- 1 Intro
- 2 Getting there
- 2.1 1988: the world from my desk
- 2.1.1 Ten years to become readied for occam and transputer
- 2.1.2 1978: MCS-48 and ASM (no tasks)
- 2.1.3 1980ies: Intel and Texas and a dawning on tasking
- 2.1.4 1983: MCS-48 and a simple scheduler in ASM
- 2.1.5 1982: More Texas and tasking in Pascal
- 2.1.6 1988: Modula-2 and Logitech RTK
- 2.1.7 1988: MCS-51 and a simple scheduler in PL/M-51
- 2.1 1988: the world from my desk
- 3 The RTX-51
- 4 Epilogue
- 5 References
Part of group NOTES FROM THE VAULT. Theme from 1988, moved here 12Apr2022. Updated: 11Sep2022. Finished
This note, in a wider context, is about how I learned about the need for a task concept, and “below” tasks, about an early but necessary runtime system of mine.
The thing that started this text was that I already had published a description of a small, “home brewed” real-time executive (rx or scheduler or runtime), the RTX-51 or RX51. I designed this in 1988. It was for the Intel MCS-51 8051- or 8052- type microcomputers. Up to 8 concurrent processes (or tasks) could be defined. A synchronising primitive consisting of a protected mailbox was also implemented. These were part of a fire detection system from the company I worked for all my professional life: Autronica AS, later Autronica Fire and Security.
1988: the world from my desk
Ten years to become readied for occam and transputer
In 1988 I had not yet heard about the transputer (by INMOS), and the accompanying occam language. Still it was no surprise that when these arrived it was me, at work, who asked my boss if I could attend a course in occam. The course came to be in June 1989 and the location was at Inmos in Bristol, UK. But it had taken some years to get to that point. (More at Notes from the vault – 0x02 – Transputers)
1978: MCS-48 and ASM (no tasks)
I started working for Autronica for real in 1976, at the age of 26 – after my NTH university exam. In 1978 I coded the company’s first microcontroller product, containing an Intel MCS-48 type processor – the same type that was used in the first IBM PC’s keyboard. I literally “coded” in assembler, using a Prompt-48 box, where the hand compiled and relocated hex instructions had to be filled in, byte by byte. Up to this date I have kept some of the large A3 sheets. I scanned one to show here. See how I have used the eraser when I needed to redo. It looks like this piece of code takes care of some aspect of the RPM of a rather huge generator. No task concept, the code was running its loop every some ms. It didn’t even use interrupt. But it surveilled the mains power supply to radio link stations, and if the mains was lost, then the radio was kept on batteries for some time (settable by pot-meters). After this timeout it would start a large diesel engine connected to a generator (max three trials) which then powered the radio link and charged the batteries. My code then shut the generator down at some time after the mains came back. The voltage levels were also set by pot-meters, which had its variable center part connected to an output, to be used by a multimeter. 2.20V DC at the multimeter corresponded to 220V AC. Then onto the next limit to set. It had no other display than lamps and indicators in switches. The unit controlled some really large high power contactors. All the described functionality fit in some 10 bytes less than one kilobyte of code. I never repeated that feat – and I never wanted to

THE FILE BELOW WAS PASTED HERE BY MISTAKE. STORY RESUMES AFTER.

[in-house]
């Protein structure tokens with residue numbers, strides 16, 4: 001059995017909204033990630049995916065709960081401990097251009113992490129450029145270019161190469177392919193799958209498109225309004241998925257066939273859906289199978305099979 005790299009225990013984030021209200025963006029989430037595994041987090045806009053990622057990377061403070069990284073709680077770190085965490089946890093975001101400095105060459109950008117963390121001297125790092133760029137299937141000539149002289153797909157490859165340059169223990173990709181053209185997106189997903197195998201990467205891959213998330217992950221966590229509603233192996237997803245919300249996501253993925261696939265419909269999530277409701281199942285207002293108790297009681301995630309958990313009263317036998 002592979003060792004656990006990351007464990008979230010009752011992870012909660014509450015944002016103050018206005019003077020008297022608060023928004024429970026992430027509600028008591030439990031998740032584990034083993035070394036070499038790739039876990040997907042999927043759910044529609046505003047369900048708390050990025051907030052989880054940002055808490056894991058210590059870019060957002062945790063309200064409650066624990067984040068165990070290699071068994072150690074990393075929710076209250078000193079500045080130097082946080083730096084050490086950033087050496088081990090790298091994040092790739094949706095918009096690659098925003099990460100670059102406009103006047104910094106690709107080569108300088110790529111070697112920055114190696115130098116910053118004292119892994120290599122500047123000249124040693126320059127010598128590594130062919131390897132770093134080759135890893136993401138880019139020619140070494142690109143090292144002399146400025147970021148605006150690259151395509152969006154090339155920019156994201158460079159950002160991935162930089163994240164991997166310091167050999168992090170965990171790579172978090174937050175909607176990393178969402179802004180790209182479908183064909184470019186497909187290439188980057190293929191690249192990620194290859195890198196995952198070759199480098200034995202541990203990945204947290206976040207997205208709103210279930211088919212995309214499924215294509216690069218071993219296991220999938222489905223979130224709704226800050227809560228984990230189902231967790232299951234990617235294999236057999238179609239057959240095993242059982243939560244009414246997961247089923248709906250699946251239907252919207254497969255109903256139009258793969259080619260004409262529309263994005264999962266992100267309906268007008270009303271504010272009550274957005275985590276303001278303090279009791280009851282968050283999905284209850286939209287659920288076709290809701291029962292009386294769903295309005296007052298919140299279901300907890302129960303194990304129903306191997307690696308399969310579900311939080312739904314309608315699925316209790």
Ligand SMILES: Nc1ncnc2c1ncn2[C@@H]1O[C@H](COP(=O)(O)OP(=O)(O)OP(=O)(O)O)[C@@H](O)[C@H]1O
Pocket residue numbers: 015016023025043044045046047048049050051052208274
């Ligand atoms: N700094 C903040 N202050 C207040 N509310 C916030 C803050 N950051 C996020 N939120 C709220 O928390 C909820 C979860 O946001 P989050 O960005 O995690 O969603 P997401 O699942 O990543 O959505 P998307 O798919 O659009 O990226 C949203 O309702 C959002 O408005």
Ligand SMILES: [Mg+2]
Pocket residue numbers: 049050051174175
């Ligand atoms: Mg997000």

I recollect that this microcontroller only had 8 bits long conditional jumps. So, for the few jumps or calls across a 256 bytes page boundary I had to make a short landing table table at the end of each of the pages, for a JUMP or CALL instruction, to get across the boundary. This was my first encounter on such boundary crossing “by hand”. There should be two more. A disclaimer is appropriate here. Much of this is re-collected from the brains of a 72 years old man (=me), and I was around 30-40 back then. Even if I still have the manuals and Google search – I still might get some details wrong.